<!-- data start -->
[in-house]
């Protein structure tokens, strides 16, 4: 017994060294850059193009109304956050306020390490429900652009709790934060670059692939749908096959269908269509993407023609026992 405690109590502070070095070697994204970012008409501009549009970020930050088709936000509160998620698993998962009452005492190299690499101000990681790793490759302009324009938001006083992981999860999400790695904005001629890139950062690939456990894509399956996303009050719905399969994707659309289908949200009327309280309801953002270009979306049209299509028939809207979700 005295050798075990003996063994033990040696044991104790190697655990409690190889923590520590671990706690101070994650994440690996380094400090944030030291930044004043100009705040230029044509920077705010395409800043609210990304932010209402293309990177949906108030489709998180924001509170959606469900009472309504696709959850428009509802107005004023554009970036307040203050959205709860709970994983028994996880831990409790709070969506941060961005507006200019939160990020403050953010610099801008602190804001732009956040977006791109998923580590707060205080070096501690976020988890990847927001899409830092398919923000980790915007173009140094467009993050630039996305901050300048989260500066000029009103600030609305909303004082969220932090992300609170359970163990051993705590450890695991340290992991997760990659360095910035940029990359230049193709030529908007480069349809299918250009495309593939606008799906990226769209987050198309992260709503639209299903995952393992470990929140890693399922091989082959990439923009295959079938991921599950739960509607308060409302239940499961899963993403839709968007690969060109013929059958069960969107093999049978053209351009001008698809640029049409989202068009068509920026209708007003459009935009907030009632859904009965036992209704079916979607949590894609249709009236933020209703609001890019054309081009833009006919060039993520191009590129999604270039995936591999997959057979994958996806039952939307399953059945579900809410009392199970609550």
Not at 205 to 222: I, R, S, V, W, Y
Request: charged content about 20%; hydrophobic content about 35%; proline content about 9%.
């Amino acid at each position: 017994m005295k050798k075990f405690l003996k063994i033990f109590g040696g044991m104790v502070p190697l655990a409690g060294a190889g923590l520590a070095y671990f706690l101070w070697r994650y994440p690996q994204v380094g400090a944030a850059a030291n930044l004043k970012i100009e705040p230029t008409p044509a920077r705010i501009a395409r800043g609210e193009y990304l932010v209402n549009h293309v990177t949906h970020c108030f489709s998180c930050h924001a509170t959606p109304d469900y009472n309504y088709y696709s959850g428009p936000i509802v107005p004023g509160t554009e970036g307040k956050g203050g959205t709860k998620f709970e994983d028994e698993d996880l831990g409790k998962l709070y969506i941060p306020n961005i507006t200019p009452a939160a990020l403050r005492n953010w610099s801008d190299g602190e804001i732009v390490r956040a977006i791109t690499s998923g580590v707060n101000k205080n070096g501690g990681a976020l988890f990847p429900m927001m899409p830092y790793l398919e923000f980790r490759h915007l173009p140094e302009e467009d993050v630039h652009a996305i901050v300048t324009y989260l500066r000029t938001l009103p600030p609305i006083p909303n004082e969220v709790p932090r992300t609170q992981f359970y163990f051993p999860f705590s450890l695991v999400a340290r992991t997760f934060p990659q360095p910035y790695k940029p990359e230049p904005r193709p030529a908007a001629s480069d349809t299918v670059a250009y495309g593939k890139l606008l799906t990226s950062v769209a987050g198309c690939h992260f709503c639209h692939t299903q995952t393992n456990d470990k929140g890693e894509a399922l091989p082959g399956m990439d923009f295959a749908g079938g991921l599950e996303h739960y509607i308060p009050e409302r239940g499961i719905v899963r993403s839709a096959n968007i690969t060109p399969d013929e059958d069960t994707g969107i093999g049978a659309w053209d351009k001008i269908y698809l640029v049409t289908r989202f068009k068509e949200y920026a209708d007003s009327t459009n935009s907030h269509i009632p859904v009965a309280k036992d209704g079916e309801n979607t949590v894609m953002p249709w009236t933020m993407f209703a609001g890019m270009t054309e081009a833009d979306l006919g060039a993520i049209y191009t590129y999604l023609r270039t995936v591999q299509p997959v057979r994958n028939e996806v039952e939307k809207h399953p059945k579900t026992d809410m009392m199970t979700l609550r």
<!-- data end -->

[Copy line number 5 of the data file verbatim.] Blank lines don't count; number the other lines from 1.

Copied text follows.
């Amino acid at each position: 017994m005295k050798k075990f405690l003996k063994i033990f109590g040696g044991m104790v502070p190697l655990a409690g060294a190889g923590l520590a070095y671990f706690l101070w070697r994650y994440p690996q994204v380094g400090a944030a850059a030291n930044l004043k970012i100009e705040p230029t008409p044509a920077r705010i501009a395409r800043g609210e193009y990304l932010v209402n549009h293309v990177t949906h970020c108030f489709s998180c930050h924001a509170t959606p109304d469900y009472n309504y088709y696709s959850g428009p936000i509802v107005p004023g509160t554009e970036g307040k956050g203050g959205t709860k998620f709970e994983d028994e698993d996880l831990g409790k998962l709070y969506i941060p306020n961005i507006t200019p009452a939160a990020l403050r005492n953010w610099s801008d190299g602190e804001i732009v390490r956040a977006i791109t690499s998923g580590v707060n101000k205080n070096g501690g990681a976020l988890f990847p429900m927001m899409p830092y790793l398919e923000f980790r490759h915007l173009p140094e302009e467009d993050v630039h652009a996305i901050v300048t324009y989260l500066r000029t938001l009103p600030p609305i006083p909303n004082e969220v709790p932090r992300t609170q992981f359970y163990f051993p999860f705590s450890l695991v999400a340290r992991t997760f934060p990659q360095p910035y790695k940029p990359e230049p904005r193709p030529a908007a001629s480069d349809t299918v670059a250009y495309g593939k890139l606008l799906t990226s950062v769209a987050g198309c690939h992260f709503c639209h692939t299903q995952t393992n456990d470990k929140g890693e894509a399922l091989p082959g399956m990439d923009f295959a749908g079938g991921l599950e996303h739960y509607i308060p009050e409302r239940g499961i719905v899963r993403s839709a096959n968007i690969t060109p399969d013929e059958d069960t994707g969107i093999g049978a659309w053209d351009k001008i269908y698809l640029v049409t289908r989202f068009k068509e949200y920026a209708d007003s009327t459009n935009s907030h269509i009632p859904v009965a309280k036992d209704g079916e309801n979607t949590v894609m953002p249709w009236t933020m993407f209703a609001g890019m270009t054309e081009a833009d979306l006919g060039a993520i049209y191009t590129y999604l023609r270039t995936v591999q299509p997959v057979r994958n028939e996806v039952e939307k809207h399953p059945k579900t026992d809410m009392m199970t979700l609550r």